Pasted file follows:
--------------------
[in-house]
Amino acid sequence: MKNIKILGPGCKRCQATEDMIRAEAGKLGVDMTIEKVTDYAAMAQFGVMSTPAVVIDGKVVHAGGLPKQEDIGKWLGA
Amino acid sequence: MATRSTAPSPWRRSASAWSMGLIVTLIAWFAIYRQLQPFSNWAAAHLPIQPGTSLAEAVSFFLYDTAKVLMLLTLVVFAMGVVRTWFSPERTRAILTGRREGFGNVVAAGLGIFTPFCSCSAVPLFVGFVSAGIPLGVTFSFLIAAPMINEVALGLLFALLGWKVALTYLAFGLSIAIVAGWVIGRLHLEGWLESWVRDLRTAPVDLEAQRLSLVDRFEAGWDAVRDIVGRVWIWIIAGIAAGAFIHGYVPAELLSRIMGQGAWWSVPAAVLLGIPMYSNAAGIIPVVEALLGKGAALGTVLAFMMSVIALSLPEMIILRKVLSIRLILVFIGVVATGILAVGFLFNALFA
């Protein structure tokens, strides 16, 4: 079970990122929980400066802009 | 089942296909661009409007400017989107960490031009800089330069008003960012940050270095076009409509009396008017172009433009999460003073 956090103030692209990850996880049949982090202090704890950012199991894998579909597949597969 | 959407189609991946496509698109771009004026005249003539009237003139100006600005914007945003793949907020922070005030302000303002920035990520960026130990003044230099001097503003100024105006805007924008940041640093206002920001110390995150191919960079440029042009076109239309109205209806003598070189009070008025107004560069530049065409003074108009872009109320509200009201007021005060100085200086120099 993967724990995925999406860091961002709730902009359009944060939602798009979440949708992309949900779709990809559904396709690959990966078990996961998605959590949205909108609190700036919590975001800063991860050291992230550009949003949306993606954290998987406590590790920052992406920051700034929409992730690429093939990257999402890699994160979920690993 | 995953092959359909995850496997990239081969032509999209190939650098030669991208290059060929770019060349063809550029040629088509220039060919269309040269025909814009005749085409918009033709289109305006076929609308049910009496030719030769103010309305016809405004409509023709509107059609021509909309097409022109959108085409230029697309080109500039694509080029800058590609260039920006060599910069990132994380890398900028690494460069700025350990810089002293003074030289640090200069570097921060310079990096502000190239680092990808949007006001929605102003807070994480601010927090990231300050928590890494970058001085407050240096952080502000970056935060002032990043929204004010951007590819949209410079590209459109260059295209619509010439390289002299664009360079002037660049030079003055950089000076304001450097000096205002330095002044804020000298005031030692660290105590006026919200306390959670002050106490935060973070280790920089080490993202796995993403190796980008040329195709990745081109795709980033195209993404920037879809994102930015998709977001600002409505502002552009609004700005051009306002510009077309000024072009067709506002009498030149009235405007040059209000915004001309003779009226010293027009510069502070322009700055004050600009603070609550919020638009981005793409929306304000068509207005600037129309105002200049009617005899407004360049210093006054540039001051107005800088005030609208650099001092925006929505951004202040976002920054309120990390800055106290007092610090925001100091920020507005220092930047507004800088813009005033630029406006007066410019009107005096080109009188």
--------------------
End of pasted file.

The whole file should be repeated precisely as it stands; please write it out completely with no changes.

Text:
[in-house]
Amino acid sequence: MKNIKILGPGCKRCQATEDMIRAEAGKLGVDMTIEKVTDYAAMAQFGVMSTPAVVIDGKVVHAGGLPKQEDIGKWLGA
Amino acid sequence: MATRSTAPSPWRRSASAWSMGLIVTLIAWFAIYRQLQPFSNWAAAHLPIQPGTSLAEAVSFFLYDTAKVLMLLTLVVFAMGVVRTWFSPERTRAILTGRREGFGNVVAAGLGIFTPFCSCSAVPLFVGFVSAGIPLGVTFSFLIAAPMINEVALGLLFALLGWKVALTYLAFGLSIAIVAGWVIGRLHLEGWLESWVRDLRTAPVDLEAQRLSLVDRFEAGWDAVRDIVGRVWIWIIAGIAAGAFIHGYVPAELLSRIMGQGAWWSVPAAVLLGIPMYSNAAGIIPVVEALLGKGAALGTVLAFMMSVIALSLPEMIILRKVLSIRLILVFIGVVATGILAVGFLFNALFA
């Protein structure tokens, strides 16, 4: 079970990122929980400066802009 | 089942296909661009409007400017989107960490031009800089330069008003960012940050270095076009409509009396008017172009433009999460003073 956090103030692209990850996880049949982090202090704890950012199991894998579909597949597969 | 959407189609991946496509698109771009004026005249003539009237003139100006600005914007945003793949907020922070005030302000303002920035990520960026130990003044230099001097503003100024105006805007924008940041640093206002920001110390995150191919960079440029042009076109239309109205209806003598070189009070008025107004560069530049065409003074108009872009109320509200009201007021005060100085200086120099 993967724990995925999406860091961002709730902009359009944060939602798009979440949708992309949900779709990809559904396709690959990966078990996961998605959590949205909108609190700036919590975001800063991860050291992230550009949003949306993606954290998987406590590790920052992406920051700034929409992730690429093939990257999402890699994160979920690993 | 995953092959359909995850496997990239081969032509999209190939650098030669991208290059060929770019060349063809550029040629088509220039060919269309040269025909814009005749085409918009033709289109305006076929609308049910009496030719030769103010309305016809405004409509023709509107059609021509909309097409022109959108085409230029697309080109500039694509080029800058590609260039920006060599910069990132994380890398900028690494460069700025350990810089002293003074030289640090200069570097921060310079990096502000190239680092990808949007006001929605102003807070994480601010927090990231300050928590890494970058001085407050240096952080502000970056935060002032990043929204004010951007590819949209410079590209459109260059295209619509010439390289002299664009360079002037660049030079003055950089000076304001450097000096205002330095002044804020000298005031030692660290105590006026919200306390959670002050106490935060973070280790920089080490993202796995993403190796980008040329195709990745081109795709980033195209993404920037879809994102930015998709977001600002409505502002552009609004700005051009306002510009077309000024072009067709506002009498030149009235405007040059209000915004001309003779009226010293027009510069502070322009700055004050600009603070609550919020638009981005793409929306304000068509207005600037129309105002200049009617005899407004360049210093006054540039001051107005800088005030609208650099001092925006929505951004202040976002920054309120990390800055106290007092610090925001100091920020507005220092930047507004800088813009005033630029406006007066410019009107005096080109009188």